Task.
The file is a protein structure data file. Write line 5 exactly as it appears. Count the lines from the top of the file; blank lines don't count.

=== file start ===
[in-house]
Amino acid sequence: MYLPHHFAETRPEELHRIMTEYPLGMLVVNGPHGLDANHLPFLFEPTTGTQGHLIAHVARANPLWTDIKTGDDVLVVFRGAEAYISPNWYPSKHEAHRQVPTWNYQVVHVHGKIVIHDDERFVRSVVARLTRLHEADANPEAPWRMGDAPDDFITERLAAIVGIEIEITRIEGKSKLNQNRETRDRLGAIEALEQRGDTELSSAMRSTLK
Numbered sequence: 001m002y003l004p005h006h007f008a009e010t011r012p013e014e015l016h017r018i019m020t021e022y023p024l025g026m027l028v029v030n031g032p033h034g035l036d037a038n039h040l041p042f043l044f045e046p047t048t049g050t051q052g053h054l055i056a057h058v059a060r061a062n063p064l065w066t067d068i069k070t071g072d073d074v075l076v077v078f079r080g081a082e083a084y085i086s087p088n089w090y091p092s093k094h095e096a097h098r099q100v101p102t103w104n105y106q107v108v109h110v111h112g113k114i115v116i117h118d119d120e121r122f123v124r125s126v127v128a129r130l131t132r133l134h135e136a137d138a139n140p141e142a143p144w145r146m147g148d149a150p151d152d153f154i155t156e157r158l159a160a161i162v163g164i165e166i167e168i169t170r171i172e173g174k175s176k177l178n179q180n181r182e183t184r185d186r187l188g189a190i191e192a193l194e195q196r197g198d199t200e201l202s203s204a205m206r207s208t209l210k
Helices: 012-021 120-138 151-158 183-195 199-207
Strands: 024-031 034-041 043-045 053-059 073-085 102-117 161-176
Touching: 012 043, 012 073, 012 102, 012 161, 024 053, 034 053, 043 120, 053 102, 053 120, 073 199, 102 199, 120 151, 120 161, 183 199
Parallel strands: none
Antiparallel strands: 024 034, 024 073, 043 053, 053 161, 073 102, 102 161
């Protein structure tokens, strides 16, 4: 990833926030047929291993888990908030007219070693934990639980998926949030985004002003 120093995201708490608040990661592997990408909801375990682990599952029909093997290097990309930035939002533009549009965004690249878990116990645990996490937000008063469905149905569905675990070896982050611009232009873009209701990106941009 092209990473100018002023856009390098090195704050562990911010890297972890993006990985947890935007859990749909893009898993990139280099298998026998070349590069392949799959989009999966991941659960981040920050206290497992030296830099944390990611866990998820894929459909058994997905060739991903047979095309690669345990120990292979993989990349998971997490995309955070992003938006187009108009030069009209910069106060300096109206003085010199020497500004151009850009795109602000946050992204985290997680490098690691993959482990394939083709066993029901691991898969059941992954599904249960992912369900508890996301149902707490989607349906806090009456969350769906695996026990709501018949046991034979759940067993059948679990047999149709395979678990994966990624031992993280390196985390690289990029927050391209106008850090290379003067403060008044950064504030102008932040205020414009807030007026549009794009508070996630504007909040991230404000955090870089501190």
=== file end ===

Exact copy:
Strands: 024-031 034-041 043-045 053-059 073-085 102-117 161-176